Swimming in Lakes and Rivers with Dogs

Summer is here, and it’s a great time to cool off in local rivers and lakes. Many dogs love water, so you want to bring your dog along on your next outing to splash and swim.

Some breeds of dogs are natural swimmers, and crave time in the water, including Airedales, Portuguese Water Dogs, Golden Retrievers, Irish Setters, Labrador Retrievers, Newfoundlands, Standard Poodles, Chesapeake Bay Retrievers, Beagles, Vizslas, Cocker Spaniels, English Springer Spaniels, and German Shorthair Pointers. Other breeds vary in ability and willingness to swim. Take it slow with your pup, limiting him to very shallow water until you get a good sense of his natural ability and temperament around water. If your pup actively dislikes water, it may be a feature of his breeding. Don’t force your pup into the water.

Even for water-loving dogs, rivers and lakes present some challenges. Protect your puppy’s health and safety. Follow these tips to keep your dog safer when you’re near the water.

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Tip #1: Leave Young Pups, Very old Dogs, and ill Dogs at Home

If your canine is younger than 14 weeks, very old and slow moving, or otherwise ill, keep him at home. Thes dogs may not be up to the physicality of swimming, and their immune systems are not strong. Young puppies, older dogs, and dogs with health issues are also less likely to be strong swimmers, and they will be more susceptible to bacteria and infections.

Tip #2: Avoid Water With Strong Currents

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Being swept up in a current for the first time is a surprise for any dog. If your breed is not a natural swimmer, fast currents become even more dangerous. Play it safe, and limit swims to slow-moving rivers or calm pond or lakes. If you have a water breed that is an experienced swimmer, you can introduce currents gradually, slowly testing their ability to understand and navigate moving water. If you’re not sure if your puppy is ready for currents, use a doggy life jacket. The American Kennel Society shares more information on doggy life jackets here.

Tip #3: Stay Away From Stagnant Water

When the weather warms up, and the water level falls, rivers and lakes may become stagnant…and dangerous. Water stagnation happens when water stops flowing. Still water provides a perfect breeding ground for parasites and bacteria. If you encounter a pond, lake or creek that doesn’t appear to be moving or has a layer of scum or algae on it, don’t let your dog drink from it or swim in it.

Tip #4: Beware of Blue-Green Algae

Warm weather often means dangerous levels of blue-green algae in ponds, lakes and small creeks. Photosynthetic bacteria can build up into a harmful algal bloom (HAB) that give water a blue-green appearance, or a soupy green appearance. These algae are dangerous for people but especially toxic to dogs. Don’t risk it: keep your dog away from water with visible algae buildup.

Tip #5: Keep Your Dog Hydrated With Fresh Water

Keep your dog hydrated with tap or bottled water from home. Dogs like to drink from rivers and lakes, but drinking bottled or tap water will reduce his chances of ingesting bacteria or parasites. Encouraging your dog to take drinking breaks using your own pure water supply will also reduce the chance of stomach upset or diarrhea.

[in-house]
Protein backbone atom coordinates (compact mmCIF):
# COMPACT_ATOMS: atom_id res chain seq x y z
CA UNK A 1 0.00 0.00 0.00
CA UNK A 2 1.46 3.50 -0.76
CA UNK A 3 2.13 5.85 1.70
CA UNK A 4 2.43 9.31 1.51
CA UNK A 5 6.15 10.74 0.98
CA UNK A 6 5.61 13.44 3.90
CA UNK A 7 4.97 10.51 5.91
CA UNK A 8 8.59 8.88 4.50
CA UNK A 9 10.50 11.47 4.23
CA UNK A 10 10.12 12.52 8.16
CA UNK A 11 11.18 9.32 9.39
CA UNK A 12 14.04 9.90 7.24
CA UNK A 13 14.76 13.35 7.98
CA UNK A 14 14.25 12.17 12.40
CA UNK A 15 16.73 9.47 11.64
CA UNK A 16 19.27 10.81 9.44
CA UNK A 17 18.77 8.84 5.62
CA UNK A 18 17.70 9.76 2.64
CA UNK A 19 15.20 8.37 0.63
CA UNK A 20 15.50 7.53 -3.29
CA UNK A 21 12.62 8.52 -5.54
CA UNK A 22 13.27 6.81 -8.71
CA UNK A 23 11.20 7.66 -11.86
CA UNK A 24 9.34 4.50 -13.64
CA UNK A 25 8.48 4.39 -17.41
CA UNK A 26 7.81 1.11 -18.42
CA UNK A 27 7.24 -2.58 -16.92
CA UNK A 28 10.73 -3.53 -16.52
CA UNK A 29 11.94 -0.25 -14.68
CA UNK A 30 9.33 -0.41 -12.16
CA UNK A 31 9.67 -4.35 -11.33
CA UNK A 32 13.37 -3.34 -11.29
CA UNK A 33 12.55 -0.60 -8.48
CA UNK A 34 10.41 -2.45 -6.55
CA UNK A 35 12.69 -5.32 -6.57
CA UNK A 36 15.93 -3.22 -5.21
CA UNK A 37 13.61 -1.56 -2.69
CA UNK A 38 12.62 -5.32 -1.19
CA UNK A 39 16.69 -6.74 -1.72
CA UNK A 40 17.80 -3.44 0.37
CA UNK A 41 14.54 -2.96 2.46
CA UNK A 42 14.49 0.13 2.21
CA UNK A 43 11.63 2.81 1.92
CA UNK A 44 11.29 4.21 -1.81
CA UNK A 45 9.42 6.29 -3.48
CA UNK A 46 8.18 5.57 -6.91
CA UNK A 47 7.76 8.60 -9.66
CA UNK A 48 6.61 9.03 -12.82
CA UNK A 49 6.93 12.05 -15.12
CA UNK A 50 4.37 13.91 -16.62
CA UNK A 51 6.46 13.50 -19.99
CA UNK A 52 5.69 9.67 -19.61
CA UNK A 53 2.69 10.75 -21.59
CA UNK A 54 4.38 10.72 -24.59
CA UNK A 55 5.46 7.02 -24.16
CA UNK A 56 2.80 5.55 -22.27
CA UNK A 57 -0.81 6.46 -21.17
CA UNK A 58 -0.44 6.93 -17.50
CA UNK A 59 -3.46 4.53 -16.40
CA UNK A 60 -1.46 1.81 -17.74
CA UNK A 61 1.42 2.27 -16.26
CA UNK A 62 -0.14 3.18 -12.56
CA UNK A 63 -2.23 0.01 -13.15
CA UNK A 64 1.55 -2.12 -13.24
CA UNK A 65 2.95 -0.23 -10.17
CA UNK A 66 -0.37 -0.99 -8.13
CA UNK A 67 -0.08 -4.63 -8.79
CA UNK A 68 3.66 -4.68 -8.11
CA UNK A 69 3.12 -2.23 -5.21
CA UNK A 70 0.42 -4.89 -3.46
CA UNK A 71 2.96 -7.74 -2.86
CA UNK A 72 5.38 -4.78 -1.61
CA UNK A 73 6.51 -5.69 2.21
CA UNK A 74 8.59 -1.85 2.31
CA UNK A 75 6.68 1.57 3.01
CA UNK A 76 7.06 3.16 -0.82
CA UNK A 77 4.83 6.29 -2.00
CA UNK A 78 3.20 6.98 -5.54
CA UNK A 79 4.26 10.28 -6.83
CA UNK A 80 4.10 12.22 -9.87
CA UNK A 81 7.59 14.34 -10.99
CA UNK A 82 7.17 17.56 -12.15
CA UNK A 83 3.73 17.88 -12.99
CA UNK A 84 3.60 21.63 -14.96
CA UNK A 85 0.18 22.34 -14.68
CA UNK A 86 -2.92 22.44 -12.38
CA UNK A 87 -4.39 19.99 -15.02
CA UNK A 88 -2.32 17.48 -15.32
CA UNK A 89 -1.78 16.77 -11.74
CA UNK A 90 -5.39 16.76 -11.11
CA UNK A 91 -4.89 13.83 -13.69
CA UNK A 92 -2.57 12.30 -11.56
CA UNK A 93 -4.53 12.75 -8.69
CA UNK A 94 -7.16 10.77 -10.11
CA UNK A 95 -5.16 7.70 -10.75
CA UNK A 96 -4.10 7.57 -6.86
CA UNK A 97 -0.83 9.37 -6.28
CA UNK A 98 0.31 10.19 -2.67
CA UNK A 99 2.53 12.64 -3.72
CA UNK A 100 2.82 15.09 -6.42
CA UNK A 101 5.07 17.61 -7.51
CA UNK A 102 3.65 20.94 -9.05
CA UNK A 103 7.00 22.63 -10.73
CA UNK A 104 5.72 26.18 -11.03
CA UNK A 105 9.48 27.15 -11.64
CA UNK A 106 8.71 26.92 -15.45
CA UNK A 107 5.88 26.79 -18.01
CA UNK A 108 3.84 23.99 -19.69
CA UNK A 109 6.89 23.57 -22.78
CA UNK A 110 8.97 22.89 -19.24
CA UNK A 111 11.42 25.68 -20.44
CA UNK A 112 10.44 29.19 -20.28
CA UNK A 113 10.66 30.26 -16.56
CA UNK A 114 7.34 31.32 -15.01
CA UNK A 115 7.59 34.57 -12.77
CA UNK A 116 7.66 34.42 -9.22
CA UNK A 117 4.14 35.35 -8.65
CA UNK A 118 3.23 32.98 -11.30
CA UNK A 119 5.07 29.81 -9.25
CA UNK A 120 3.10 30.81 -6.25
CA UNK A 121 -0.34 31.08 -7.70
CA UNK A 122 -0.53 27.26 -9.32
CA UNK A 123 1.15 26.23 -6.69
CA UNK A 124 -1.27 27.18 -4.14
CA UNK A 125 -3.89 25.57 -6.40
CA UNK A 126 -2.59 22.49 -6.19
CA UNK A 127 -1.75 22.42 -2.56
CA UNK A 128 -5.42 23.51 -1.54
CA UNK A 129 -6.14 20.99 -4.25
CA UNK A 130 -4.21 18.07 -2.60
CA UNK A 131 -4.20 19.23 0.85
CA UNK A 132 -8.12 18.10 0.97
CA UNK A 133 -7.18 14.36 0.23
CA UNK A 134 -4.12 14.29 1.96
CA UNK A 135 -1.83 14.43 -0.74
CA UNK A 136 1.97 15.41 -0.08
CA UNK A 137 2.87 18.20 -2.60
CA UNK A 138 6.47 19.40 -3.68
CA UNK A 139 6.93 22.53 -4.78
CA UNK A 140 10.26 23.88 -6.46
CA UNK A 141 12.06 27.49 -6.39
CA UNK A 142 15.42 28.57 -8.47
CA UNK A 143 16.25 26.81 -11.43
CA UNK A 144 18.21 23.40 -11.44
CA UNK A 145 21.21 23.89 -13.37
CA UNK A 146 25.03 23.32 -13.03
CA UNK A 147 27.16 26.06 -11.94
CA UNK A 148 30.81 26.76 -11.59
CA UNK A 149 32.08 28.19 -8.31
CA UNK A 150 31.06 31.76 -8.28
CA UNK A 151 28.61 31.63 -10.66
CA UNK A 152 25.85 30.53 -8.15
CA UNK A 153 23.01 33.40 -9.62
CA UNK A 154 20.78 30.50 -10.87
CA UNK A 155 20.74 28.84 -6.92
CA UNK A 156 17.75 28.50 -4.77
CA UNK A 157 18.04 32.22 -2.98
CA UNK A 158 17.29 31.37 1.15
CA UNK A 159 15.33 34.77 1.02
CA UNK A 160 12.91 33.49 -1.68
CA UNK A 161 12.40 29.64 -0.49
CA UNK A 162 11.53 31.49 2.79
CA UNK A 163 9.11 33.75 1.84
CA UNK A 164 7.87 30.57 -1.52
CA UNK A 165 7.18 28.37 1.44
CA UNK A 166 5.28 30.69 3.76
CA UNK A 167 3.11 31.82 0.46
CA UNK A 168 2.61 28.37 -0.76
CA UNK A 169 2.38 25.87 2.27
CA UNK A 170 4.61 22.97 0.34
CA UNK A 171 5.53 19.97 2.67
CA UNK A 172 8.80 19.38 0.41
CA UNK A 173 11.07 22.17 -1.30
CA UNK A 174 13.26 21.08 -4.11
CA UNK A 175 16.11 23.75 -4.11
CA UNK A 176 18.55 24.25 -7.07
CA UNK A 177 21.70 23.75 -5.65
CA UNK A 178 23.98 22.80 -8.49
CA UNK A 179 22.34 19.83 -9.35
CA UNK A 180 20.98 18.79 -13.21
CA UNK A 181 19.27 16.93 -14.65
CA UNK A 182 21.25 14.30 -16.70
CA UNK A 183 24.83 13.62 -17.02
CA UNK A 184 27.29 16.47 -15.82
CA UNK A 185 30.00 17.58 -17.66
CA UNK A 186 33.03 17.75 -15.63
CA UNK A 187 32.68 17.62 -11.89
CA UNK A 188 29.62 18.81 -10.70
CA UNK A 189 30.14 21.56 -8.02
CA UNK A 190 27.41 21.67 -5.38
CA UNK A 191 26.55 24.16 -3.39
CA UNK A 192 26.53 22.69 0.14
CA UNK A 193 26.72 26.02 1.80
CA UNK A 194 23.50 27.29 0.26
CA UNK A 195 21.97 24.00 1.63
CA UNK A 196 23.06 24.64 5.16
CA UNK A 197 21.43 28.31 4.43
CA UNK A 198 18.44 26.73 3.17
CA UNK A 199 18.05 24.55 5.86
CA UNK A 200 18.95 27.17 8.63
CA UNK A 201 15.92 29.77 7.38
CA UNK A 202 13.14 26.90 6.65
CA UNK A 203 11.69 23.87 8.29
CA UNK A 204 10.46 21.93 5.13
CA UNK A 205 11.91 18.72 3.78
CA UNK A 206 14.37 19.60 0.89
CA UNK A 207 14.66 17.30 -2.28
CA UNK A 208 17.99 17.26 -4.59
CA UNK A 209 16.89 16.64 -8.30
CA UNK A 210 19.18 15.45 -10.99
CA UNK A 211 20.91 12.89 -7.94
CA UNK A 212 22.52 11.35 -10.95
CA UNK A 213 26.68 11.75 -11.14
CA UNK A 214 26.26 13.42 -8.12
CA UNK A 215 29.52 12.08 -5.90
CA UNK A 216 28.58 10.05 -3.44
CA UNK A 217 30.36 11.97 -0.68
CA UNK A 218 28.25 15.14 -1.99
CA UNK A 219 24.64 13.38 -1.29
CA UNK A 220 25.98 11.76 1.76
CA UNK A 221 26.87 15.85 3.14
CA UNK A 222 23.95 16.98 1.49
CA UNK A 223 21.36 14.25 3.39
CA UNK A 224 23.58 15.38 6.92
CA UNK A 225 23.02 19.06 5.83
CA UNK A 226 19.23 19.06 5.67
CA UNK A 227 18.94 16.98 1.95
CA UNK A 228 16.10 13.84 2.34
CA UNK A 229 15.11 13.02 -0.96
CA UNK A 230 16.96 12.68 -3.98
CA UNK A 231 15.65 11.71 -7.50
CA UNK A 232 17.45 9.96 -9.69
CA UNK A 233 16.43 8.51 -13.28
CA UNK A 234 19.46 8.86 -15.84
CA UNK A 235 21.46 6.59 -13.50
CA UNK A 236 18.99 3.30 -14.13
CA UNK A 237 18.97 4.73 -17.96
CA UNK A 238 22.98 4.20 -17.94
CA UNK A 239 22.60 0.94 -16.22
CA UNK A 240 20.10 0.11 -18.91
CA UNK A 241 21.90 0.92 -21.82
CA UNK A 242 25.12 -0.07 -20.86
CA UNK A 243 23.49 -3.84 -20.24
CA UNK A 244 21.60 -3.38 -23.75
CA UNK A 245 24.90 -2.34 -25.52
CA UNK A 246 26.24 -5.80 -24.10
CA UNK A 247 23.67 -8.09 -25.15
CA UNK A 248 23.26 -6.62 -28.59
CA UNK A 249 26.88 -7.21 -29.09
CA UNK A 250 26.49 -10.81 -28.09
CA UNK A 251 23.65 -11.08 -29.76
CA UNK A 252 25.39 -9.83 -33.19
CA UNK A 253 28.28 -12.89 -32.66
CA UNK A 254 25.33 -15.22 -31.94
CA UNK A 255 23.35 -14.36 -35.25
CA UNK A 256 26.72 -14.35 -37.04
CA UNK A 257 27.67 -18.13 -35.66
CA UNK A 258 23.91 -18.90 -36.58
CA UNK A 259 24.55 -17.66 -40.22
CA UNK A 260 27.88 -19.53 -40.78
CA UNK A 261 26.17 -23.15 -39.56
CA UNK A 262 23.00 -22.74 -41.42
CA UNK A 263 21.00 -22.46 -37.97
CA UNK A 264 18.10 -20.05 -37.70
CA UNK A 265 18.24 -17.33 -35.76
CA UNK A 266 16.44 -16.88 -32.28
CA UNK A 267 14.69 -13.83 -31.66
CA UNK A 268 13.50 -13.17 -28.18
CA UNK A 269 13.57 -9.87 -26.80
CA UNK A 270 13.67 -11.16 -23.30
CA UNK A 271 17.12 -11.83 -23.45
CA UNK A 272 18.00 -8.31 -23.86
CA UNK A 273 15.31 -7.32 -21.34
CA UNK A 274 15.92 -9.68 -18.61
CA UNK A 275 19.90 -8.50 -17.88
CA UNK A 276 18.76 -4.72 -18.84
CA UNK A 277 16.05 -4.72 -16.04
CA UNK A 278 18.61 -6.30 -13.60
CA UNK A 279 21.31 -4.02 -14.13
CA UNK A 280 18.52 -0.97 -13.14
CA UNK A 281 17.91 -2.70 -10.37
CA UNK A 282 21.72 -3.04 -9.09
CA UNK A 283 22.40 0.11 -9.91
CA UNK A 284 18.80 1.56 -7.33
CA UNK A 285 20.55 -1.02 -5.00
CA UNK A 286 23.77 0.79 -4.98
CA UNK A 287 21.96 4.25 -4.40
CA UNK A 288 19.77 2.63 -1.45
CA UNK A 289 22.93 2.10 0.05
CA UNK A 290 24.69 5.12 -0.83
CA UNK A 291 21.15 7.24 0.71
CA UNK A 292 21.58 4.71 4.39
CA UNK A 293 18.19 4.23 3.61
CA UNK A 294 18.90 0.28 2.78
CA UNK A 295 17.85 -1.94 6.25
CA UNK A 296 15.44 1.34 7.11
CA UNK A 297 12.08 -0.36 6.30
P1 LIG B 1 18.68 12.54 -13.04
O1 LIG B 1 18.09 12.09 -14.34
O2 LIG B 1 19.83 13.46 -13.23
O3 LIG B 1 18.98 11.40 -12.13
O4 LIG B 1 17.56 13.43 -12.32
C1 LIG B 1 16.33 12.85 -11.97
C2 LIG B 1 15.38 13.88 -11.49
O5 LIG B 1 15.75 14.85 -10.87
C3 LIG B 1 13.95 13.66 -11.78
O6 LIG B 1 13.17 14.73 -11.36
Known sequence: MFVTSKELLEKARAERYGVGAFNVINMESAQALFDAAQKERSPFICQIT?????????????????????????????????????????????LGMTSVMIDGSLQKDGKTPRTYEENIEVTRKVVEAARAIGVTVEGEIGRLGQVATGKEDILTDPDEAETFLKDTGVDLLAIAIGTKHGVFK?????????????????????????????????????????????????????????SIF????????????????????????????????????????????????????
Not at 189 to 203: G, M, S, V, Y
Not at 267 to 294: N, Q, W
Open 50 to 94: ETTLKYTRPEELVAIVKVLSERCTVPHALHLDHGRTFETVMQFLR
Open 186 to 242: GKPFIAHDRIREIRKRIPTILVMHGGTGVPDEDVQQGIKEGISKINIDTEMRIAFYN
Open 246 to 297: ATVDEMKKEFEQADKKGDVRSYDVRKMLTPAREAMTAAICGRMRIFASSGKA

Tip #6: Be Prepared for Accidents

Puppy paws get soft when they swim, making it easier to get cut on sharp rocks, metal, or glass. It’s smart to pack a simple first aid kit that includes:

  • Styptic swabs to help stop bleeding for small cuts
  • Rubber gloves or dog booties to help dogs continue to walk on tender paws after injuries
  • Gauze and heavy-duty bandages that are stretchy enough and tough enough to stay in place until you get your pup to a vet
  • Saline in a squirt bottle to wash dirt, insects, or even skunk spray out of a dog’s eyes
  • Small pliers and tweezers to remove small pieces of glass, metal, wood splinters, or any other foreign object that your pup might encounter
  • Pet-safe topical disinfectant to clean out wounds

Tip #7: Care for Your Pup After the Swim

It’s important to spend a few minutes drying off your dog after his swimming session. Pay particular attention to cleaning your dog’s ears since water in ears can lead to infections. If you find your dog is prone to ear infections, talk to your vet about special ear cleaning solutions.

If you have access to plenty of tap water, consider rinsing off your dog after his swim. Always towel dry your dog before the drive home, to keep him comfortable and to keep your vehicle cleaner. If you’re going to drive home in an airconditioned vehicle, try to give your dog some time to air dry before driving home. Air conditioning can feel very cold to wet dog.

Once you’re back home, spend some time brushing out your dog, and do a complete check for ticks. Check paws for cuts and address any small nicks or cuts you discover, and apply first aid as needed.

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Keystone Puppies cares about the health and well-being of your dog. No matter which breed of dog you choose, outdoor activities are key to maintaining the mental and physical health of your pet. While swimming can be a great activity for your dog, not all pups like the water. Even if your canine loves the water, he may not be a strong swimmer. Always keep an eye on your dog in the water, and consider using life jackets to keep your dog safer in rivers and lakes. If you haven’t decided on which breed of dog is right for you, research over 200 breeds here. Want to search for your new puppy now? Click here to get started.

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